MT. HAMIGUITAN, Davao Oriental—Her flight to freedom was unsteady, as the Philippine eagle hit a tent along her flight path, apparently confused at the sheer number of people watching her regain her freedom.
Pamana, retrieved from the mountains of Iligan City in April 2012, landed some 100 meters away from the kennel where she took off and surveyed her surroundings for about 15 minutes while the crowd silently stood by. After a few more seconds, while the crowd cheered her on, Pamana finally flew off—only to perch on a nearby tree for some 10 minutes.
But third time’s a charm, and the bird, fitted with a GPS device and a radio transmitter for easier tracking, soon soared to freedom at 8:35 Friday morning, as the nation marked its 117th year of independence.
After nearly three years in rehabilitation at the Philippine Eagle Center in Malagos, Calinan district, in this city, Pamana was released into the wild by hacking (soft-release) method. The release ends a life of captivity and human dependence and marks the survival and eventual breeding of the Philippine eagle, reducing the chances of its extinction, said Jayson Ibanez, Philippine Eagle Foundation (PEF) director for research and conservation.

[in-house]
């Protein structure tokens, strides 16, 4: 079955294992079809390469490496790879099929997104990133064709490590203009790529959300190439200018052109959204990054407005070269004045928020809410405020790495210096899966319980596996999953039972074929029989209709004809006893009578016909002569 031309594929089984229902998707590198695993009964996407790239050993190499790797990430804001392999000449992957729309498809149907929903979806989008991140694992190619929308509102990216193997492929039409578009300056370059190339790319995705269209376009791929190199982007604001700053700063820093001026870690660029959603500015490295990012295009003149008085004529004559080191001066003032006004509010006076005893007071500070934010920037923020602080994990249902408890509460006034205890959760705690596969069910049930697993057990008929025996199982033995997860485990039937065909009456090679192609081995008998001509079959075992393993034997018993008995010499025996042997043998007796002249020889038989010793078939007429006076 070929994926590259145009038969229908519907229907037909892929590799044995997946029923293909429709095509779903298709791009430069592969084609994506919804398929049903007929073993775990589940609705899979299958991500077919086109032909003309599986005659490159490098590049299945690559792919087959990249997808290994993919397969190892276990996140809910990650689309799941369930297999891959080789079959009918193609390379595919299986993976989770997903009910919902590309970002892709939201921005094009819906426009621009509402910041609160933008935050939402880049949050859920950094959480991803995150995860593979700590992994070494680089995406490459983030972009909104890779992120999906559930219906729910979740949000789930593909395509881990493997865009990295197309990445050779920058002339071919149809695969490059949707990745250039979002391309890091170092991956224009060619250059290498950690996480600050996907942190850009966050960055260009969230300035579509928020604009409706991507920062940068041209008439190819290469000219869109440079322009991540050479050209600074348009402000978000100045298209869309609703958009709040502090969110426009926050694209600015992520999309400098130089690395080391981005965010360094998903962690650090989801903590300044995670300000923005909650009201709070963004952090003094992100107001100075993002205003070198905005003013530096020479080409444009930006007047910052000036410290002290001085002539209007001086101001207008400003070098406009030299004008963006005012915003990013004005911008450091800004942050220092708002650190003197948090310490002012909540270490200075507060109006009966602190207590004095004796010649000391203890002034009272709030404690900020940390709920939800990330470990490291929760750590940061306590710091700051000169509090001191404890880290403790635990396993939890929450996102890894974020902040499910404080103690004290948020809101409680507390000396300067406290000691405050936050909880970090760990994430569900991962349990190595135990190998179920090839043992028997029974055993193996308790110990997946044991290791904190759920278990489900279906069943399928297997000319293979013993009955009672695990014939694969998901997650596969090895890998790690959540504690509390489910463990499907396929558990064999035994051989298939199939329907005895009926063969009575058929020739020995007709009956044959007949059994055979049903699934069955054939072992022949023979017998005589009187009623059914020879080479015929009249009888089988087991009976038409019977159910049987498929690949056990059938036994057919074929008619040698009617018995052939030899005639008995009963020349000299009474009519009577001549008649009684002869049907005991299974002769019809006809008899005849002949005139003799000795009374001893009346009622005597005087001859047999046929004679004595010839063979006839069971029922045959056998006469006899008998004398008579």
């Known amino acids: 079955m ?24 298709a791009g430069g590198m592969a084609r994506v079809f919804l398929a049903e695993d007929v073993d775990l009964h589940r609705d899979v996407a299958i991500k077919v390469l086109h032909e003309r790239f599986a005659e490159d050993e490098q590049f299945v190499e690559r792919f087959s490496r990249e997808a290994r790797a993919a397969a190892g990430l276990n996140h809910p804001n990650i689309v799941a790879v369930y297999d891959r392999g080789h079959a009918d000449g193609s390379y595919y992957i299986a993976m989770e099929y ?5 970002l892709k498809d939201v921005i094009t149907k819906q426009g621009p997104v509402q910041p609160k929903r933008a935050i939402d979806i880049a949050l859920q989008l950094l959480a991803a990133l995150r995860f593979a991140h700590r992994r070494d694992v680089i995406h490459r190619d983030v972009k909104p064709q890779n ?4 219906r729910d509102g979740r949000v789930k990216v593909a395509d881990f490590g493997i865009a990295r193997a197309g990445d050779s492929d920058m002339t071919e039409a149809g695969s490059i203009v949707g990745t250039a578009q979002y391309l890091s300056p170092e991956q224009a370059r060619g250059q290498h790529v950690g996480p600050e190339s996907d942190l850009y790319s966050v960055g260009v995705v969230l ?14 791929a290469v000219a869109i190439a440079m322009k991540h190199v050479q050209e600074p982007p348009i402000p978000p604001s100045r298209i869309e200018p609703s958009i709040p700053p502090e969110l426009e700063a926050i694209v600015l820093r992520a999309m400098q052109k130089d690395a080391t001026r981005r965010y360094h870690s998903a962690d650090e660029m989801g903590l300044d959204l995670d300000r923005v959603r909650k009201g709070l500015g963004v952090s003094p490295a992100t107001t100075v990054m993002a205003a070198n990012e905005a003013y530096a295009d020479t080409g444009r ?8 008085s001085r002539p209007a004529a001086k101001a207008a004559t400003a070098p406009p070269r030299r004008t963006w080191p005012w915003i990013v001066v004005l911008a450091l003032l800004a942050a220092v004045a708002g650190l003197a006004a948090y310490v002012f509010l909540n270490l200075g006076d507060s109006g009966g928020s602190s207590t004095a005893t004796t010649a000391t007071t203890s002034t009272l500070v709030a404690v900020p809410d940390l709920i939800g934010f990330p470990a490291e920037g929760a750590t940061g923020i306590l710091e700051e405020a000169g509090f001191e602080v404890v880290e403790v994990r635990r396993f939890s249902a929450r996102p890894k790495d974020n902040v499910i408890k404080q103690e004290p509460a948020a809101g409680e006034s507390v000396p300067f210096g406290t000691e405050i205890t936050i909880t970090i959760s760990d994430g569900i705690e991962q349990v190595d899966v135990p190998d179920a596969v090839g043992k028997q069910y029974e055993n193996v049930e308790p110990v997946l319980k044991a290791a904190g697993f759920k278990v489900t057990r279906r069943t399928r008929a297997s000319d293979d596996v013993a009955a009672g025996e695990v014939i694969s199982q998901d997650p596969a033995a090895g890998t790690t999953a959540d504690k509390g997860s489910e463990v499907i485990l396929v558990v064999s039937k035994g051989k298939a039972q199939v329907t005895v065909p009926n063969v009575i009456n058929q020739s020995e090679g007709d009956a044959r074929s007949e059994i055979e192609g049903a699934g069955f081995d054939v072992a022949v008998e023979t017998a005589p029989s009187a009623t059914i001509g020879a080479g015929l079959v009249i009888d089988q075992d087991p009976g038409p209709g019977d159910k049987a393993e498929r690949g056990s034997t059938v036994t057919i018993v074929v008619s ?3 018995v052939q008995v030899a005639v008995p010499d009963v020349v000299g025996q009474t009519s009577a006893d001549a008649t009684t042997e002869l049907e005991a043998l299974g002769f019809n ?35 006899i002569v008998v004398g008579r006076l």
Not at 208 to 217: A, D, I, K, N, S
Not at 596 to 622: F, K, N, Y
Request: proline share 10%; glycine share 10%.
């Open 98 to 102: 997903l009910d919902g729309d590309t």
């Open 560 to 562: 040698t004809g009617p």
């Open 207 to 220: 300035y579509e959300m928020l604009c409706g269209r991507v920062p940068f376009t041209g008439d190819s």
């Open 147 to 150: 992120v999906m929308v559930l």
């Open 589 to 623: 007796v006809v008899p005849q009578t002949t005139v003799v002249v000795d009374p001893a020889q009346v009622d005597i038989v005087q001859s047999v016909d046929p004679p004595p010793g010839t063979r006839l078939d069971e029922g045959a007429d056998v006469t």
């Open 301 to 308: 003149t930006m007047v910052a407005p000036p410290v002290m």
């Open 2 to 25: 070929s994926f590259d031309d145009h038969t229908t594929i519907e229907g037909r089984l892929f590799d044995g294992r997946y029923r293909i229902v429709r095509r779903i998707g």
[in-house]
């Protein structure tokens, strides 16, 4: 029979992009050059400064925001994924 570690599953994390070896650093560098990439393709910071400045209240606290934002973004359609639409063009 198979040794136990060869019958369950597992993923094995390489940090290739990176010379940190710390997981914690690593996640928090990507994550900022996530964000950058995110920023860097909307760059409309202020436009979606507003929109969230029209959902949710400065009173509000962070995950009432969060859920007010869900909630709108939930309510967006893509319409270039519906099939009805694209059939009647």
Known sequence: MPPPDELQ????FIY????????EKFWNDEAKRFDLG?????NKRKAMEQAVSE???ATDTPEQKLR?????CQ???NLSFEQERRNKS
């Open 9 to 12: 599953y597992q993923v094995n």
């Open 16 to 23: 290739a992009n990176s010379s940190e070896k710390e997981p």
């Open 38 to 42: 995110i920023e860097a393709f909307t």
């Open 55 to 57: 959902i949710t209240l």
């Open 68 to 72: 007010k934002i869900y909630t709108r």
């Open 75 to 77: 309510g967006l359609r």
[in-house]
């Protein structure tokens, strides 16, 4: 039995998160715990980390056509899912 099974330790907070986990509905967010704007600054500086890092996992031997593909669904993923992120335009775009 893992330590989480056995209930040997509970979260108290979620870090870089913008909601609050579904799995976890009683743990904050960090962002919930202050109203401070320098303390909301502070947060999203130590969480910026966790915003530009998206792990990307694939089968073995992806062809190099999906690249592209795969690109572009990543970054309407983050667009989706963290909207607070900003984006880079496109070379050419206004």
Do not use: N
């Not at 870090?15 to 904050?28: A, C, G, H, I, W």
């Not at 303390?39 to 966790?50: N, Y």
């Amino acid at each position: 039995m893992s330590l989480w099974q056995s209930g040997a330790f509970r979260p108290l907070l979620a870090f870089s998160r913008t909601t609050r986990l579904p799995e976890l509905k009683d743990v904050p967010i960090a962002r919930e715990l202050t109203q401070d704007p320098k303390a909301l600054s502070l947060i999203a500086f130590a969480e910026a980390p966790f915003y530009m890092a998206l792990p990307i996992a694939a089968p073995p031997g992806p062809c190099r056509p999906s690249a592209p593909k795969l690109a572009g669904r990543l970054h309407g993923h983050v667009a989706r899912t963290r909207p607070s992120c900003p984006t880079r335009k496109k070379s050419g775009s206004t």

Pamana’s release, said Dennis Salvador, PEF executive director, “was aimed at improving the genetic flow of eagles here and underscore(d) the significance of this mountain range as part of Unesco’s world heritage sites.”
Mt. Hamiguitan Range, a natural eagle habitat, was named the country’s sixth World Heritage site on June 23, 2014.
Pamana, which literally means heritage, was turned over to the PEF in April 2012 by an Iligan City local, who found her perched on a tree on Mt. Gabuna Range, weak and limping from two gunshot wounds on her wings and breast. The farmer initially took care of the bird before turning it over to environment authorities.
PEF has been trying to breed eagles in captivity to increase the bird’s population and has successfully hatched 25 eaglets since 1992.